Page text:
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Good News From a Bad Economy, Sort Of

New data shows fewer American workers died on the job in 2009 than in any year since at least 1992. Good news, but not as good as it sounds.

oil-spill-timeline-april-21-explosion

Nineteen oil-services-industry workers have died since the April 20 explosion on the Deepwater Horizon rig. (Gerald Herbert / AP )

Fewer American workers died on the job last year than in any year since at least 1992. Good news, to be sure, but not as good as it sounds.

According to new data unveiled by the U.S. Bureau of Labor Statistics last week, there were 4,430 workplace fatalities last year compared with 5,214 in 2008. While firms in America’s most dangerous industries would love to toast a triumph of workplace safety in the 21st century, there’s no escaping the fact that fewer jobs, in general, existed last year. Though training programs and other safety improvements may have contributed to the decline, BLS reported that the total hours worked by Americans declined by 6 percent in 2009. In 2008, total hours worked dropped only 1 percent. (The BLS data is preliminary and will be finalized next year.)

Jobs in some of the most dangerous industries, such as construction, slowed immensely over the past year. As both residential and commercial developers had trouble unloading existing inventory, let alone building more, construction workers put in 17 percent fewer hours last year, according to BLS.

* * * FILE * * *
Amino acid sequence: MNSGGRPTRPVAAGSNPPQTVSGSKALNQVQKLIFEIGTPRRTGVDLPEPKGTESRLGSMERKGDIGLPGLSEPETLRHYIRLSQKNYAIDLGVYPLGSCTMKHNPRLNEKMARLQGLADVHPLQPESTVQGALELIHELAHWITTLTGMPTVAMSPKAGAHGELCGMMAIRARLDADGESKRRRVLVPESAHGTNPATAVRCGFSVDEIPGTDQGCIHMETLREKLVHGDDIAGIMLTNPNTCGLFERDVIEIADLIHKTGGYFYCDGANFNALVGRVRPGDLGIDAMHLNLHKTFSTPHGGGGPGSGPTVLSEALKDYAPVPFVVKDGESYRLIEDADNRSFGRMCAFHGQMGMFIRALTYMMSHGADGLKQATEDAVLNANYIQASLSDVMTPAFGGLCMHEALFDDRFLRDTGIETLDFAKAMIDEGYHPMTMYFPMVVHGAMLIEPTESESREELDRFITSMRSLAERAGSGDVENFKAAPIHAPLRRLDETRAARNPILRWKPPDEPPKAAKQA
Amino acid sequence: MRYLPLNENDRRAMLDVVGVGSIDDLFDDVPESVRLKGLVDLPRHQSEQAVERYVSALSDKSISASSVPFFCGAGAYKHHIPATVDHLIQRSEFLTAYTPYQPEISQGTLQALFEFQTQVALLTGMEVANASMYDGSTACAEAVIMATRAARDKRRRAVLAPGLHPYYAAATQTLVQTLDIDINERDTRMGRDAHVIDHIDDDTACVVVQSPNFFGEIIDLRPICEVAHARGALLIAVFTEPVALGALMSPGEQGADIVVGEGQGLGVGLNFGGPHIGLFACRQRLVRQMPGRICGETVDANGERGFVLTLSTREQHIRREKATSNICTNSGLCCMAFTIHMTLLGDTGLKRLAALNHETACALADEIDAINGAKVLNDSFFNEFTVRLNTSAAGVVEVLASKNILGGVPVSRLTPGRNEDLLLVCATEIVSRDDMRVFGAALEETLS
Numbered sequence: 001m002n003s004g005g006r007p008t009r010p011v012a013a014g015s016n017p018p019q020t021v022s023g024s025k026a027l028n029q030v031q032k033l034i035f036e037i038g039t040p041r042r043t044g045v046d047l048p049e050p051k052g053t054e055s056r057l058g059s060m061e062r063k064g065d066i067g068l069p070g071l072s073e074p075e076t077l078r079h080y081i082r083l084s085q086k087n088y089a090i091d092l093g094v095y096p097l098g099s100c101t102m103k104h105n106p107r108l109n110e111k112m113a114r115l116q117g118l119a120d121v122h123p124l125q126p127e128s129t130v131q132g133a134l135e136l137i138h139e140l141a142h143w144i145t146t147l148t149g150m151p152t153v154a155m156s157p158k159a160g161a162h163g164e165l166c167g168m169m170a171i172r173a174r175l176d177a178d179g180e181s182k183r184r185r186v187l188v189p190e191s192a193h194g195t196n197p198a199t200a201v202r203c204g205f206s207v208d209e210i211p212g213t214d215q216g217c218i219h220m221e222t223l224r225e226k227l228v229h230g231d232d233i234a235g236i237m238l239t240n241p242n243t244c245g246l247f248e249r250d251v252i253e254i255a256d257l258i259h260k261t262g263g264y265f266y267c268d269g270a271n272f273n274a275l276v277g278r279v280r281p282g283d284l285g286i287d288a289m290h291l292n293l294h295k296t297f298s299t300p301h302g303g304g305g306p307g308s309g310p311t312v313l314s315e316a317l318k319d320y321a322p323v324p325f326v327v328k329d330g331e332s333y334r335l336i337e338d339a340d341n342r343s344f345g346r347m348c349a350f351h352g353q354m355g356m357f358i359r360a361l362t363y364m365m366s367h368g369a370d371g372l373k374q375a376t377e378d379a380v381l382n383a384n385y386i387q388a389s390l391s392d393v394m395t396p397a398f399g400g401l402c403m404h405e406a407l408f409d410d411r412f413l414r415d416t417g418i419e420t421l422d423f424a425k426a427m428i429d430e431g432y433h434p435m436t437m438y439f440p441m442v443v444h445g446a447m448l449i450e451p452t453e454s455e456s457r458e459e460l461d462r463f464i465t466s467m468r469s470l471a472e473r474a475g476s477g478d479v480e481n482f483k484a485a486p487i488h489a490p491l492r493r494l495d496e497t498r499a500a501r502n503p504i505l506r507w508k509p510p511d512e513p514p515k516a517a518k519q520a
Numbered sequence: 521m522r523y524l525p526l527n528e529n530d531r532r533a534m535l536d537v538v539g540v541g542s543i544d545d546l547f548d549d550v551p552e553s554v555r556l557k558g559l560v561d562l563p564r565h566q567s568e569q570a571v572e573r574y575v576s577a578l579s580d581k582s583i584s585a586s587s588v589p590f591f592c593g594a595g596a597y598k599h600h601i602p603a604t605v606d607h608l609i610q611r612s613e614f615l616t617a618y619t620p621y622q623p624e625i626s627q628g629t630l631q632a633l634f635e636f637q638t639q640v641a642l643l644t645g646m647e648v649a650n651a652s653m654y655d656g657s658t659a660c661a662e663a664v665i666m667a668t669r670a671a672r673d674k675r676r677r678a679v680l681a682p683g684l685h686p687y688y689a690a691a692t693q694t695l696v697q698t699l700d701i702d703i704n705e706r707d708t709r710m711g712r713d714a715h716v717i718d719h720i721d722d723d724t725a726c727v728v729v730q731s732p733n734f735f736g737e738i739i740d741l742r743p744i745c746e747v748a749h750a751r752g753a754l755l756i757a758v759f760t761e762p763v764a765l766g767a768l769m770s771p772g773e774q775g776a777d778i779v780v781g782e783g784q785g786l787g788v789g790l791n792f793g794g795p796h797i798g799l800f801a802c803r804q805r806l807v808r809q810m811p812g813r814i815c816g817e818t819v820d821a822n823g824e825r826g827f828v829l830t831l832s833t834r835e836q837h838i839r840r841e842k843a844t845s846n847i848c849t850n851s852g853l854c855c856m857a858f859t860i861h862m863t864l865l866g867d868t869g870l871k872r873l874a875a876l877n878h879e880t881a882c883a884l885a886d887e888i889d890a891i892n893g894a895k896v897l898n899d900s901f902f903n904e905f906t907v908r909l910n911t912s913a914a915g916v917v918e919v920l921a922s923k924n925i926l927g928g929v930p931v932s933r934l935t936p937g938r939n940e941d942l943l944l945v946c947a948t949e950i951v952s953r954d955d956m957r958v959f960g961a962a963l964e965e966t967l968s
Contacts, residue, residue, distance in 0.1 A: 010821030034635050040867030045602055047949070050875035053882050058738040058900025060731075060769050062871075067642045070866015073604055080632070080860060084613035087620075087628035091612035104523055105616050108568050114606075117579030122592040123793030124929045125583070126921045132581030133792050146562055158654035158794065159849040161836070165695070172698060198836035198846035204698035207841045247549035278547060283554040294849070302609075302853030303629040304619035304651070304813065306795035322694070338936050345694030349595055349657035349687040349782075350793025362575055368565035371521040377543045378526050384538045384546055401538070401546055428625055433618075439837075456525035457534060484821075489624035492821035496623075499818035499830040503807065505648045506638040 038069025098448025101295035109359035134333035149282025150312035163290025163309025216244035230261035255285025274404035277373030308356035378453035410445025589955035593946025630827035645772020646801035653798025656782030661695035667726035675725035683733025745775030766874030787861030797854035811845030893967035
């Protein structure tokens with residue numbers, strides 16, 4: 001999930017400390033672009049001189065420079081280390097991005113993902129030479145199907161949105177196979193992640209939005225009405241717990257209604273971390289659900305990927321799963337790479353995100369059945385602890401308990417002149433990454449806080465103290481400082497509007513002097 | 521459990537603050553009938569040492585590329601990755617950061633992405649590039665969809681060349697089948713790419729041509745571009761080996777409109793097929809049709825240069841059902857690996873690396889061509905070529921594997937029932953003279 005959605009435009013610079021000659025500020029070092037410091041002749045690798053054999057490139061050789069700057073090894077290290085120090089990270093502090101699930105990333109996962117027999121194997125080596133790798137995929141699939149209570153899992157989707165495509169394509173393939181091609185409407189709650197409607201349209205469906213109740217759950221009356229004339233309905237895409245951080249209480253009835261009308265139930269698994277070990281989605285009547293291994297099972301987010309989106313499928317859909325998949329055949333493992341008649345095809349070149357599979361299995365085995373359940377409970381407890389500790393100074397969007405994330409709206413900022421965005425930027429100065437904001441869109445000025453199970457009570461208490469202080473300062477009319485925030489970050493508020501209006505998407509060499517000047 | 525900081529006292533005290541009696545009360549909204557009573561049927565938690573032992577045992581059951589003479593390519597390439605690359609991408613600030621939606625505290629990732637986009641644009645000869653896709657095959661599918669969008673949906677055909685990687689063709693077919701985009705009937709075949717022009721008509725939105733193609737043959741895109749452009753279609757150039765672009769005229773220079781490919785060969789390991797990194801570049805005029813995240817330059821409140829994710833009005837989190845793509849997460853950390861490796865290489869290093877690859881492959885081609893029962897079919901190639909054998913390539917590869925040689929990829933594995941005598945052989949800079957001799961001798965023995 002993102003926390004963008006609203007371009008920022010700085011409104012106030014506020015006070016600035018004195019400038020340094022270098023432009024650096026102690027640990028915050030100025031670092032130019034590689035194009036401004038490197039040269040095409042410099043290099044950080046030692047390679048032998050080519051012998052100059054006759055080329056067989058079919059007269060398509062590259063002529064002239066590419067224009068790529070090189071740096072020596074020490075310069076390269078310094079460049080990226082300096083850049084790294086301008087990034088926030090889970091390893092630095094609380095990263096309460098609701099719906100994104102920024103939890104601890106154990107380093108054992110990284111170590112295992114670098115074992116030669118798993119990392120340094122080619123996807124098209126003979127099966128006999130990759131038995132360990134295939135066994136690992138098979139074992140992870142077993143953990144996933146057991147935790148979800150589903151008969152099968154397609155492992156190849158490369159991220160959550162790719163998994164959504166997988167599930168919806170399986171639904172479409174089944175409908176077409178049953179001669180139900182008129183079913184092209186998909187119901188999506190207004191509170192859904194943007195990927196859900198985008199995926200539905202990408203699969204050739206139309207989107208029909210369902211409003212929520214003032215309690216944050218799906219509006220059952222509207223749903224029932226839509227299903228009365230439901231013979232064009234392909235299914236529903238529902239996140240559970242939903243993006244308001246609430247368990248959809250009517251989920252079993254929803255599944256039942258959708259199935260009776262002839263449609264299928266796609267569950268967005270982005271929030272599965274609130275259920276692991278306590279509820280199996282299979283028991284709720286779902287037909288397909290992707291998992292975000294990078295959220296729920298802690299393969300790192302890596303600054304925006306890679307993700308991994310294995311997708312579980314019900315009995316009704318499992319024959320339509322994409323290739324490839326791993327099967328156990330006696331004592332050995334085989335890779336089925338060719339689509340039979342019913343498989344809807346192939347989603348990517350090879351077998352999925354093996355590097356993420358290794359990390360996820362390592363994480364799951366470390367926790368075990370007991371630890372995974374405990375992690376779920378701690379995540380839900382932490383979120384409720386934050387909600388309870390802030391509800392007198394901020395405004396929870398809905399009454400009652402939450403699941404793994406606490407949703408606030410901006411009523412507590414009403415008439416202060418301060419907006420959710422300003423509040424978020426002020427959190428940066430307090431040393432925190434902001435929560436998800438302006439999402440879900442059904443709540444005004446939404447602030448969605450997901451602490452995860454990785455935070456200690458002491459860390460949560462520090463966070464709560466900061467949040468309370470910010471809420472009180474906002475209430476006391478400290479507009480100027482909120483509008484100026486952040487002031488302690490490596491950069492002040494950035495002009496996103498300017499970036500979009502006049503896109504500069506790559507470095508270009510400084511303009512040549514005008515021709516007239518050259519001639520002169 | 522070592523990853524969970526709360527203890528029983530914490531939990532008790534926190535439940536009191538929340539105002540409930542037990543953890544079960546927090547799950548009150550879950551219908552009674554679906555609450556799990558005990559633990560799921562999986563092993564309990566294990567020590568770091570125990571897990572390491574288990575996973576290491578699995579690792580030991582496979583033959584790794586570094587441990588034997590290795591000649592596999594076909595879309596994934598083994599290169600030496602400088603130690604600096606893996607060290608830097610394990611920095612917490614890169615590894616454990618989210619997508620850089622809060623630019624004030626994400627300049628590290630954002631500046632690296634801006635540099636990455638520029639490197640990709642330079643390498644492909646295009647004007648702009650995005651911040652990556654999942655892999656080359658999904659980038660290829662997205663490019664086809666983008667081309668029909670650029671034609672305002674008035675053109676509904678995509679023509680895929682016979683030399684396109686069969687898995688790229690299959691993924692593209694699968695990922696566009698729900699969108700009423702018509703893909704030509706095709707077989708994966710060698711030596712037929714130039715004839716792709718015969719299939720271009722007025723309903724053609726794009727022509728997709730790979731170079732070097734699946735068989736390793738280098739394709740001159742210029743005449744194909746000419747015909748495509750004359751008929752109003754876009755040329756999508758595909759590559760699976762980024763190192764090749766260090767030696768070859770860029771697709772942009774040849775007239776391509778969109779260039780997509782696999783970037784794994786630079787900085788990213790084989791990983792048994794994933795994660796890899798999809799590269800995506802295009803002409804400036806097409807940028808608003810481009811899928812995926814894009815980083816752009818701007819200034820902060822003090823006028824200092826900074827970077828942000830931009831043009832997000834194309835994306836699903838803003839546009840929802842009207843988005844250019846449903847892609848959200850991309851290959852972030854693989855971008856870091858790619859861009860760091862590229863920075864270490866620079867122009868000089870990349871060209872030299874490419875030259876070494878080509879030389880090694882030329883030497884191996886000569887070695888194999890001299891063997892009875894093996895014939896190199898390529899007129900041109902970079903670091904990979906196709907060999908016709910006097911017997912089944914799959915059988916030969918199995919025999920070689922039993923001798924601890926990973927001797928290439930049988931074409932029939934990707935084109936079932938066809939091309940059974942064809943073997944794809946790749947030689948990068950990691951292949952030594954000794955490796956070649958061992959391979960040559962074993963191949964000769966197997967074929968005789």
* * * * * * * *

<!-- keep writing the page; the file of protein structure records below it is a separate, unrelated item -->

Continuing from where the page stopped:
Another case in point: the oil-services industry. From 2002 to 2008, a boom time for many companies that drill in the U.S., a rising tide of on-site deaths raised questions about whether the firms were hiring too many inexperienced workers and not providing adequate training. Deaths in jobs related to oil and gas extraction jumped from 72 victims in 2002 to 125 in 2006, a 70 percent increase.   

But only 70 oil- and gas-service workers died in 2009 (down from 120 in 2008), and the number of rigs operating in the U.S. also fell sharply last year. An average of 1,086 rigs were actively exploring or producing oil or natural gas in 2009, compared with 1,880 the previous year, according to Baker-Hughes, a consulting firm that tracks active rigs. Association of Energy Service Companies executive director Kenny Jordan says training programs are improving, but acknowledges that economic factors contributed to the decline. “We took a hit in our industry just like everybody else,” he says.  

But even this year, with firms on their toes following the April 20 explosion on BP’s Deepwater Horizon rig in the Gulf of Mexico, a job in oil service remains a somewhat risky proposition: 19 industry workers have died since that incident, according to reports compiled by the Occupational Safety and Health Administration. And that doesn’t include the 11 workers who died on the Deepwater Horizon.  

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